Always be suspicious of any text message, email, or social media message that wants you to click on any kind of link, especially if it’s for such a crucial matter like your unemployment benefits. Most government agencies like unemployment offices will not email or text you but instead will almost always contact you through the postal mail. And keep in mind that all official government websites end in .gov.

     
  • Geebo 9:00 am on February 25, 2021 Permalink | Reply
    Tags: , new york, , ,   

    Scam tries to extort medical professionals 

    Scam tries to extort medical professionals

    By Greg Collier

    Scammers still haven’t gotten tired of COVID-19 related scams yet. However, instead of targeting the general public, some scammers have decided to go after medical professionals in the scammer’s quest for ill-gotten gain.

    This scam is similar to the Social Security scam where the scammers claim that your Social Security number has been suspended due to some fictitious crime that your number was supposedly attached to.

    In this scam, scammers are contacting nurses, physicians and pharmacists posing as the state of New York to tell the victims that their licenses have been suspended. However, a substantial payment just happens to be able to revers the suspension and can avoid the licensee any future fines.

    It’s not lost on us that these scammers are going after frontline workers in a state that has one of the highest concentration of COVID-19 patients. This is an example of a couple of scammer tactics. One is to try to pressure and already overworked system and the other is to take advantage of any crisis no matter how horrible.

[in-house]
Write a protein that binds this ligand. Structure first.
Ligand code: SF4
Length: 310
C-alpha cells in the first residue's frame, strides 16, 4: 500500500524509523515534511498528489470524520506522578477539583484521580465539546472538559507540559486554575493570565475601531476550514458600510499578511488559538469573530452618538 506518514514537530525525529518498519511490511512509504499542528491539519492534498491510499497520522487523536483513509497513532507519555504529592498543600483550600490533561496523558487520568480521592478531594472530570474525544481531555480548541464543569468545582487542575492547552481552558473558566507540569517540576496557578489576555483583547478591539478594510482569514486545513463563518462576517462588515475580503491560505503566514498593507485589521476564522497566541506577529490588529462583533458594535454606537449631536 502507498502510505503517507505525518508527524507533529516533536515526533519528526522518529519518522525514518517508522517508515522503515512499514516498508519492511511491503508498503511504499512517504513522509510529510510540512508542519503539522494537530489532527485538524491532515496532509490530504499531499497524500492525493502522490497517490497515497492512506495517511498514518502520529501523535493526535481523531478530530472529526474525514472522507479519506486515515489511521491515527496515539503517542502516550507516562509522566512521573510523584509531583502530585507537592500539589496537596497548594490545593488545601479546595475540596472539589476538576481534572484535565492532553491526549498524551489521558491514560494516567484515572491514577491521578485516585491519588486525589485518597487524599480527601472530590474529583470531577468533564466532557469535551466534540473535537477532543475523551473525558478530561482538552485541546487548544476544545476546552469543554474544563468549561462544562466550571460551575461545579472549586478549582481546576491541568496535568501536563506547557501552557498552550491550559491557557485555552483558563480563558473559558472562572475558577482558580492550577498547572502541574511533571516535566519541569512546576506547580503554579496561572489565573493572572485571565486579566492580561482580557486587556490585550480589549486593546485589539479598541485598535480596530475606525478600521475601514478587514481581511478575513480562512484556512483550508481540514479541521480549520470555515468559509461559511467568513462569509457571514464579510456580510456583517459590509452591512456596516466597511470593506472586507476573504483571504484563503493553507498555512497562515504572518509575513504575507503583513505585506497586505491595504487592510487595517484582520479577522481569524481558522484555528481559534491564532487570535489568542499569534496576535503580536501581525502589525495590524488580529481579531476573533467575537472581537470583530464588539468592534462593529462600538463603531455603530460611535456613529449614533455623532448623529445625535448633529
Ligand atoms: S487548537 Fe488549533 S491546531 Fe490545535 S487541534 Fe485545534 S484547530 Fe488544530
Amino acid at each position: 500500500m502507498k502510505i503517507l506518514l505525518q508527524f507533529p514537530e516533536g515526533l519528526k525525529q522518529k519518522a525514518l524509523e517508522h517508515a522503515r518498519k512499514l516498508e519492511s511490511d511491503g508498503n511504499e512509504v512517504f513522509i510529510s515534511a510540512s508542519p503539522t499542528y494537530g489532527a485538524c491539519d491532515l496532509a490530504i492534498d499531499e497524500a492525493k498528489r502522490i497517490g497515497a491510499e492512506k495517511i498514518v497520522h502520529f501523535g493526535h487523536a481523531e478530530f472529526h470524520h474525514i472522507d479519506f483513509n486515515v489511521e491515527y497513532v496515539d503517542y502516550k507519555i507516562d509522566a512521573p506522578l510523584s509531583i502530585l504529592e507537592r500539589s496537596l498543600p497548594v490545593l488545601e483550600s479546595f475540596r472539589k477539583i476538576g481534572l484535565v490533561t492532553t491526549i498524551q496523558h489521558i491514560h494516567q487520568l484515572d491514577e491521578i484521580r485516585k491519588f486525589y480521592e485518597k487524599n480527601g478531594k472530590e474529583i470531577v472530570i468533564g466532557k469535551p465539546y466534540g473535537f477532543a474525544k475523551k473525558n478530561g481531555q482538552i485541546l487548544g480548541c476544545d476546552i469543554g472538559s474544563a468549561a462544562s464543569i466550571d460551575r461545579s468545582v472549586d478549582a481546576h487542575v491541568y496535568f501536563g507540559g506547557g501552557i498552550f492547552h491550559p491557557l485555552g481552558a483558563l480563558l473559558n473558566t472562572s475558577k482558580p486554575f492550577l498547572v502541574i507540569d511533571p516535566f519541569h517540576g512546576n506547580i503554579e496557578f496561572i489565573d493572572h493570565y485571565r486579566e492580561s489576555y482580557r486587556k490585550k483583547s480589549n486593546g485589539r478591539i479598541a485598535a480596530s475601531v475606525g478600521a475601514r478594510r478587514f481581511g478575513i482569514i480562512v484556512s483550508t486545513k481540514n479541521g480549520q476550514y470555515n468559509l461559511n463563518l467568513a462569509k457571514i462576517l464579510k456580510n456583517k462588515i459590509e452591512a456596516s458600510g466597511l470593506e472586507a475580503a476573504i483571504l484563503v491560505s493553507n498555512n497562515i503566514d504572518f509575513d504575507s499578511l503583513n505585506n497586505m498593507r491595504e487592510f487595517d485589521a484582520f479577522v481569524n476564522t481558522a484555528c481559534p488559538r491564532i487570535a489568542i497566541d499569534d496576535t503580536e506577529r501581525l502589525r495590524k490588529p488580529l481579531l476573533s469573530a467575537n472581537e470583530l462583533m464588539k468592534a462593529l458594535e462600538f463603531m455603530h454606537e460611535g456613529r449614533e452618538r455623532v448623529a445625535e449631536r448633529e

In this instance, the scammers are flooding their victims with mounds of official-looking paperwork that appear to be from such agencies as the state, the U.S. Department of Justice, the FBI, Trans Union and the New York state Office of Professions. The problem with this paperwork is that it can look legitimate since they contain information like the professional’s National Provider Identifier.

    In the long run, scammers may not be after money but instead after the personal information of medical professionals as most of the forms ask for Social Security numbers and the like.

    It is recommended that anyone receiving one of these calls or messages to ignore it and report it to the FBI if you’ve lost money, or the FTC and local police if you haven’t.

     
  • Geebo 8:00 am on July 7, 2020 Permalink | Reply
    Tags: new york, , ,   

    Unemployment scams show no sign of letting up 

    Unemployment scams show no sign of letting up

    In case you haven’t heard by now, states all over the country are dealing with scammers trying to claim unemployment benefits. We’re not talking about people who falsely try to claim unemployment for themselves. We’re talking about a global scamming operation that is looking to claim unemployment money in your name.

    The scammers are taking stolen identities that were exposed in data breaches and are using them to apply for benefits in those identities’ names. Most state unemployment systems are already under heavy load due to the record amounts of unemployment that is currently happening due to the pandemic. This makes it easier for scammers to force their way into the system to try to steal your benefits.

    It doesn’t matter if you’re unemployed or not. Most reports we’ve been seeing say that the unemployment benefits are being applied in the name of employed people as well as the unemployed. Recently, a teacher from upstate New York got a letter in the mail saying that his unemployment benefits have been approved but he’s not unemployed. His letter from the state also said that the benefits would not be deposited into a bank account but would instead be put on a debit card. In some cases, there have been reports saying scammers, or those working for them, will stalk someone’s mailbox looking to steal the debit card directly from the mailbox. In other cases, scammers have changed the address to where the debit card should be sent. The teacher believes that scammers got his information from when his health insurance company had a data breach a few years ago.